02142-A: Development of Magnetic Resonance Imaging as a Non-Invasive Tool to Accurately Evaluate Elbow Dysplasia
Grant Status: Closed
Canine elbow dysplasia (CED) is a common problem with numerous different forms of varying nature and severity. Currently, radiographs (X-rays), computed tomography (CT; CAT scan), and arthroscopic surgery are used to make a diagnosis of elbow dysplasia and to characterize the degree of joint damage that a dog has suffered as a result of having CED. Unfortunately, neither radiographs nor CT provides evaluation of the cartilage in the joint. Rather, surgery has to be performed, either standard or arthroscopic, to visualize the cartilage before a thorough appreciation of the joint abnormalities can be obtained. As a result, definitive treatment plans cannot be established until after surgical assessment of the joint is performed. This stands in contrast to human medicine in which magnetic resonance imaging (MRI) can be used to assess cartilage non-invasively in order to make diagnoses and direct treatments prior to surgery. Theoretically MRI could similarly be used in veterinary medicine to more thoroughly evaluate cartilage health in the canine elbow, thus enabling determination of a treatment plan before surgery is performed. Likewise, MRI might be used to assess the response to different treatments and progression of disease. Working in collaboration with human radiologists, Dr. Franklin will perform MRI in dogs with elbow dysplasia using novel quantitative MRI protocols to determine whether MRI can be used for complete characterization of the nature and severity of joint damage in dogs with elbow dysplasia. Ultimately, accurate disease phenotyping will facilitate the treatment of patients, the development of novel therapeutics, and the prevention of disease through informed breeding programs.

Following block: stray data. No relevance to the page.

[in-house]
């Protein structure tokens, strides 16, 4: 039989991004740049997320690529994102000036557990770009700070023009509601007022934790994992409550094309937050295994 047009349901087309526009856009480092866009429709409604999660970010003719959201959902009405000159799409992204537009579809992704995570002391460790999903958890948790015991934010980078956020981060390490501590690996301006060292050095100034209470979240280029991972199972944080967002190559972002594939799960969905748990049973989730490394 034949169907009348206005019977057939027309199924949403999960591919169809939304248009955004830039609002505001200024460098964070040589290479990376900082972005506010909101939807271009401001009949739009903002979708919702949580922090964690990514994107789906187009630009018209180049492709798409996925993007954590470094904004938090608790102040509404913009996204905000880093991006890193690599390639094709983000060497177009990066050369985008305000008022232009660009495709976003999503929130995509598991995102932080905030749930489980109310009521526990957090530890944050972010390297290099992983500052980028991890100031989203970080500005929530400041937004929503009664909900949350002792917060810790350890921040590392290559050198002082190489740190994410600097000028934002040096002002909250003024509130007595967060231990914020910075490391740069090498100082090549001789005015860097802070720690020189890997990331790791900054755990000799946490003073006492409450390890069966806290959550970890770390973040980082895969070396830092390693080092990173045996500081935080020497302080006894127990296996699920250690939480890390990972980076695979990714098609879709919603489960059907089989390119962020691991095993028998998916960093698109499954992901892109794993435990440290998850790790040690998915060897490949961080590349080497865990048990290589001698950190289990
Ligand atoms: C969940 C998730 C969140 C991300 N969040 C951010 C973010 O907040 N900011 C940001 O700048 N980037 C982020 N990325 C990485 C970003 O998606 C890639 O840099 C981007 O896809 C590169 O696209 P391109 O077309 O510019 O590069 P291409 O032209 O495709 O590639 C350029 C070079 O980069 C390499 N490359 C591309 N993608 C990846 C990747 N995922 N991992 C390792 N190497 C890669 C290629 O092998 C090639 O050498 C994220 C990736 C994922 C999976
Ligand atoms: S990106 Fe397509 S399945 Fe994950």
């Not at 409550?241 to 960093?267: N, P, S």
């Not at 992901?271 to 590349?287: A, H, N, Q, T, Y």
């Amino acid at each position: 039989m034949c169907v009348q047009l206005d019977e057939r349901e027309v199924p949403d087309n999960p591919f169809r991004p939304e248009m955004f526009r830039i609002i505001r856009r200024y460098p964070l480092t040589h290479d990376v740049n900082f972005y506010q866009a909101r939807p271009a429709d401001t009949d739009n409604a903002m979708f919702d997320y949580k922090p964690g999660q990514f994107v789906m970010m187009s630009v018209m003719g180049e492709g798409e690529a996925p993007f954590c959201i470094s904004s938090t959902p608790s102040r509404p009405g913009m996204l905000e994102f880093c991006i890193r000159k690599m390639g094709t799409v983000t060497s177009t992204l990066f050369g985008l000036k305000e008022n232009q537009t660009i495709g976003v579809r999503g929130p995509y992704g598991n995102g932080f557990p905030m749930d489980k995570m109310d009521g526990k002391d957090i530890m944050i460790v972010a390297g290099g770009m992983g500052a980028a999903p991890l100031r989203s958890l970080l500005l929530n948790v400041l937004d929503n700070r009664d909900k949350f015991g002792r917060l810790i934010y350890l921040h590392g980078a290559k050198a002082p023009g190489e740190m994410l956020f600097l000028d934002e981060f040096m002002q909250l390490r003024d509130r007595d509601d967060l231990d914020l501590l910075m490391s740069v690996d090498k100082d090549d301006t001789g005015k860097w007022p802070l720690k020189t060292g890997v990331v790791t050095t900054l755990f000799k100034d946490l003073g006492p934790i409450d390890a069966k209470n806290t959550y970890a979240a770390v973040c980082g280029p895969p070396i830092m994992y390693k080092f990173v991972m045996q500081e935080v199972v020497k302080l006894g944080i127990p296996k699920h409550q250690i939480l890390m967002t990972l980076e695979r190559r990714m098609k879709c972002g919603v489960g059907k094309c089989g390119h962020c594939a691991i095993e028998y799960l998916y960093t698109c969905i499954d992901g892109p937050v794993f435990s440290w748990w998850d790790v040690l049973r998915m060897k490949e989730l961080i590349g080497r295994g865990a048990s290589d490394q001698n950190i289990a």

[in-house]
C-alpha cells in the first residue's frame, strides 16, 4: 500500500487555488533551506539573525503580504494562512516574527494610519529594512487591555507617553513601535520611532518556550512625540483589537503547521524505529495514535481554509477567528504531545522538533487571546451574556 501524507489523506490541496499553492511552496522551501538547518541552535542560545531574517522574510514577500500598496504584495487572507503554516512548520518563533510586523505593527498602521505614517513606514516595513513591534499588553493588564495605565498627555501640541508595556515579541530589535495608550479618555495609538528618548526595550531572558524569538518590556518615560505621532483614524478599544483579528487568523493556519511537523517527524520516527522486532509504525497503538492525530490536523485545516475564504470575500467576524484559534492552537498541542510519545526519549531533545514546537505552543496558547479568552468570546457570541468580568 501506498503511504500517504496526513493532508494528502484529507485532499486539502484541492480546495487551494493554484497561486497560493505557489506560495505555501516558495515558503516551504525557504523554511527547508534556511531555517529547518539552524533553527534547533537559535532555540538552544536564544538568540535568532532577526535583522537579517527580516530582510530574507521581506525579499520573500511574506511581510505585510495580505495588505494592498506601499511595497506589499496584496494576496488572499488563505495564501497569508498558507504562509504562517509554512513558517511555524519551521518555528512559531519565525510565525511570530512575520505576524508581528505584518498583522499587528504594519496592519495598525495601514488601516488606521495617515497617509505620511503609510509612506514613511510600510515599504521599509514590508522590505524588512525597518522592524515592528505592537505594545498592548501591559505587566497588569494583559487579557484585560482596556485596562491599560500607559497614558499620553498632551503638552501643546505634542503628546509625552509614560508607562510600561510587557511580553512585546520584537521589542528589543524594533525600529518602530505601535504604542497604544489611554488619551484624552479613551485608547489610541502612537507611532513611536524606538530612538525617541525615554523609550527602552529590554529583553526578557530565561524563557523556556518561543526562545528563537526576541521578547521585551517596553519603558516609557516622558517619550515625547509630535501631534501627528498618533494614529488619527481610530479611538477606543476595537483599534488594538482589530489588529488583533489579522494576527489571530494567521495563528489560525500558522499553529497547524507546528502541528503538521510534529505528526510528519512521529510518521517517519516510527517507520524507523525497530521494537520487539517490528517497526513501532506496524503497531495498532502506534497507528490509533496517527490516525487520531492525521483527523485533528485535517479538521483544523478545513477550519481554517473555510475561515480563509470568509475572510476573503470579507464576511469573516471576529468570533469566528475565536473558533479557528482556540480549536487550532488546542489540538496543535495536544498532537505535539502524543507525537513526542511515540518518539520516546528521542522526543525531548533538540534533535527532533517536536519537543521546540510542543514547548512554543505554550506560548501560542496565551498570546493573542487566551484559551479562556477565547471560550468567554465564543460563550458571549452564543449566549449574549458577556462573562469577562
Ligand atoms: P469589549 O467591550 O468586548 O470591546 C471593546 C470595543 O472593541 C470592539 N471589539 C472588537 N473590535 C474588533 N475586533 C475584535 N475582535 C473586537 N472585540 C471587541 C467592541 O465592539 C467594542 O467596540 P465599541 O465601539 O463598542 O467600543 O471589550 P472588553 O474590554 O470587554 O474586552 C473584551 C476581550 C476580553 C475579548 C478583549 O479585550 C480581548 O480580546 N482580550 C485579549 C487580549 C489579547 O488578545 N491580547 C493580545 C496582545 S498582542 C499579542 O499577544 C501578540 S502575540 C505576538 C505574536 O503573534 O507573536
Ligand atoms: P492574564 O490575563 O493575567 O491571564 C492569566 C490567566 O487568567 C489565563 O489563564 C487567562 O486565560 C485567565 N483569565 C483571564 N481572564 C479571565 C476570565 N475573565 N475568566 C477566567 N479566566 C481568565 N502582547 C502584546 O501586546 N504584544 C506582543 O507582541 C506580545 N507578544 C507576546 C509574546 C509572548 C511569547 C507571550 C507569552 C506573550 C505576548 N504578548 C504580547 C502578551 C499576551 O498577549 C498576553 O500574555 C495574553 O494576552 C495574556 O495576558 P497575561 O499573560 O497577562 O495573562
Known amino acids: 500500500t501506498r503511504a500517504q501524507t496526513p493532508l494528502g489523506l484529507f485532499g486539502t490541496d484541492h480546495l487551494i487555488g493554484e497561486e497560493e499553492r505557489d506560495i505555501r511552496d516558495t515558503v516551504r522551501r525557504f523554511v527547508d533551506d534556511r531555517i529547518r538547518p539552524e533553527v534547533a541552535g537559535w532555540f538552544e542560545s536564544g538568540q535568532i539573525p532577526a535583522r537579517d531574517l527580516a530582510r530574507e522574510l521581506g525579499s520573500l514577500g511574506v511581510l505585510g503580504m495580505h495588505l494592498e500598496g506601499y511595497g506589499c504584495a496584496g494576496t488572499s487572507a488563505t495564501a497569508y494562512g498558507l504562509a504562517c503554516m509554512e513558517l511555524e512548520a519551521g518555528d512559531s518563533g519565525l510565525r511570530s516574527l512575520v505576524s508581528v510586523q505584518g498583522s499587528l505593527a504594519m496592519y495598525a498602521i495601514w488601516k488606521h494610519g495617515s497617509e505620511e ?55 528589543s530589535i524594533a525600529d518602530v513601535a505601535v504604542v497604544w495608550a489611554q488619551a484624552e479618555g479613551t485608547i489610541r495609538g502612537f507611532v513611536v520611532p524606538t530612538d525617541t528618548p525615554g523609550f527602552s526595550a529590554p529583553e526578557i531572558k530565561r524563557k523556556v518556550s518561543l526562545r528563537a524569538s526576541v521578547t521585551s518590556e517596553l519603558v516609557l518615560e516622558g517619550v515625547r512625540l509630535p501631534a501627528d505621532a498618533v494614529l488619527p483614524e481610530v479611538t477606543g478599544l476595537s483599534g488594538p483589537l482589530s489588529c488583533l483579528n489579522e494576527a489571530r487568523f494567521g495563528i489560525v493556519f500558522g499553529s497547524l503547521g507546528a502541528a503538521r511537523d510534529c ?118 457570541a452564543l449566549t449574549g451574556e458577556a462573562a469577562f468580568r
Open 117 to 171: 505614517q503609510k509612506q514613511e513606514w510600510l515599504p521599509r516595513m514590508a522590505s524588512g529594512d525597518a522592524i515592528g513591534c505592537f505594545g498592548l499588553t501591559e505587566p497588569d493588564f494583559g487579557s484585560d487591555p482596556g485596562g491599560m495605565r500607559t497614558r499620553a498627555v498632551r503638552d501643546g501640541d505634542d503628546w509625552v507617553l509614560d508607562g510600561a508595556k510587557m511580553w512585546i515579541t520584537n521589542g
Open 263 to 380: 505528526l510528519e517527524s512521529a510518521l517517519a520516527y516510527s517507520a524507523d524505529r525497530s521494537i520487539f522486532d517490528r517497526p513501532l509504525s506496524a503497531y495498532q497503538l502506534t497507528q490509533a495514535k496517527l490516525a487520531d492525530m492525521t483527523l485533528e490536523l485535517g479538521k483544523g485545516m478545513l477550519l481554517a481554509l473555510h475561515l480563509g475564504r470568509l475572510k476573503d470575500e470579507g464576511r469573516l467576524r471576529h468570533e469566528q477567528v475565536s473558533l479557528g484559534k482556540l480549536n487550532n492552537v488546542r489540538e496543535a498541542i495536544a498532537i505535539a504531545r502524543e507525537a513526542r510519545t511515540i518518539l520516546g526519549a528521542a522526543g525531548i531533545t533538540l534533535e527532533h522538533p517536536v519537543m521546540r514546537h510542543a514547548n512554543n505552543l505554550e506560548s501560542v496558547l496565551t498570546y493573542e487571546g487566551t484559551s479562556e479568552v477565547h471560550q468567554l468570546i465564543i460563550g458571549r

None at this time.
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